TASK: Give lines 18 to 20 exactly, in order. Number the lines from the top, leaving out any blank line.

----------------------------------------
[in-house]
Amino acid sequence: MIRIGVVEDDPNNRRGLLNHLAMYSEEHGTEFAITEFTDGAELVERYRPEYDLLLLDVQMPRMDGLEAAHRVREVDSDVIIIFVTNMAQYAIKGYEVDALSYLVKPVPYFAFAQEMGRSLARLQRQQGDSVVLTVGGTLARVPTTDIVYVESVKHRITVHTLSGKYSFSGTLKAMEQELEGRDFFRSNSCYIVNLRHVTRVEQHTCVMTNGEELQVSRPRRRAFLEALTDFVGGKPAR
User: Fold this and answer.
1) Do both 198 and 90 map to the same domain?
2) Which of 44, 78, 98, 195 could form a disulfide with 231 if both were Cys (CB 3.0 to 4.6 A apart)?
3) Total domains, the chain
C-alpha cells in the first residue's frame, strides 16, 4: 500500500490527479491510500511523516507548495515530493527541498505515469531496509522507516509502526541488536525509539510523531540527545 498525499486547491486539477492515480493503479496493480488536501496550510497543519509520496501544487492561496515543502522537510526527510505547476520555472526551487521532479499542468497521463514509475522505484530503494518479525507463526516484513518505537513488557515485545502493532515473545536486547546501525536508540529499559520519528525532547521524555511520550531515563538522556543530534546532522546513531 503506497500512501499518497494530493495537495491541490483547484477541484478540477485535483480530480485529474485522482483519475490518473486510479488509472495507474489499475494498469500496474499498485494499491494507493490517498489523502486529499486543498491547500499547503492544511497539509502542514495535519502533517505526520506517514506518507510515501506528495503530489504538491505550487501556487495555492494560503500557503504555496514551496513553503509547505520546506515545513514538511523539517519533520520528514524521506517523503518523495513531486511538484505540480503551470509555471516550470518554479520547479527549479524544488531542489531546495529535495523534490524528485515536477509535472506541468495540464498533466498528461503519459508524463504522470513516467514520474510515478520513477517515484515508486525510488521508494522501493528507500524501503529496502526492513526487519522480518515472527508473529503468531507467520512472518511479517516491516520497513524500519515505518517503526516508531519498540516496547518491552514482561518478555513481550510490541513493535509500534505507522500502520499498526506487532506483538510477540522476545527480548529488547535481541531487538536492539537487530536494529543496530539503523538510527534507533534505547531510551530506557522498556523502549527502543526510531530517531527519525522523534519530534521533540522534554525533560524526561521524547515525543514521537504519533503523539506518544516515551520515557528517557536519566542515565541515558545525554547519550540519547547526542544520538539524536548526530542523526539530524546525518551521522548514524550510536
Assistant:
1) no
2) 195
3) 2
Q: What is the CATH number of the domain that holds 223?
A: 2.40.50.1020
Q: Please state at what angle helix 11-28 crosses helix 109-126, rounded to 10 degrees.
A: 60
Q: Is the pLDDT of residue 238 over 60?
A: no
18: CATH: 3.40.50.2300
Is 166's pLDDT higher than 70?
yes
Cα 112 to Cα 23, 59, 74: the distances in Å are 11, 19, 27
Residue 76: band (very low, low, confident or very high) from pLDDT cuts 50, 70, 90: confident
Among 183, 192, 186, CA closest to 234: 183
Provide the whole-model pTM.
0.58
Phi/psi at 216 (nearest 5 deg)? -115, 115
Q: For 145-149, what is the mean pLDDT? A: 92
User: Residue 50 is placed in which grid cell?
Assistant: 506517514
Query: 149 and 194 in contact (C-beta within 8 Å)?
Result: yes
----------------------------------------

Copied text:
18: CATH: 3.40.50.2300
Is 166's pLDDT higher than 70?
yes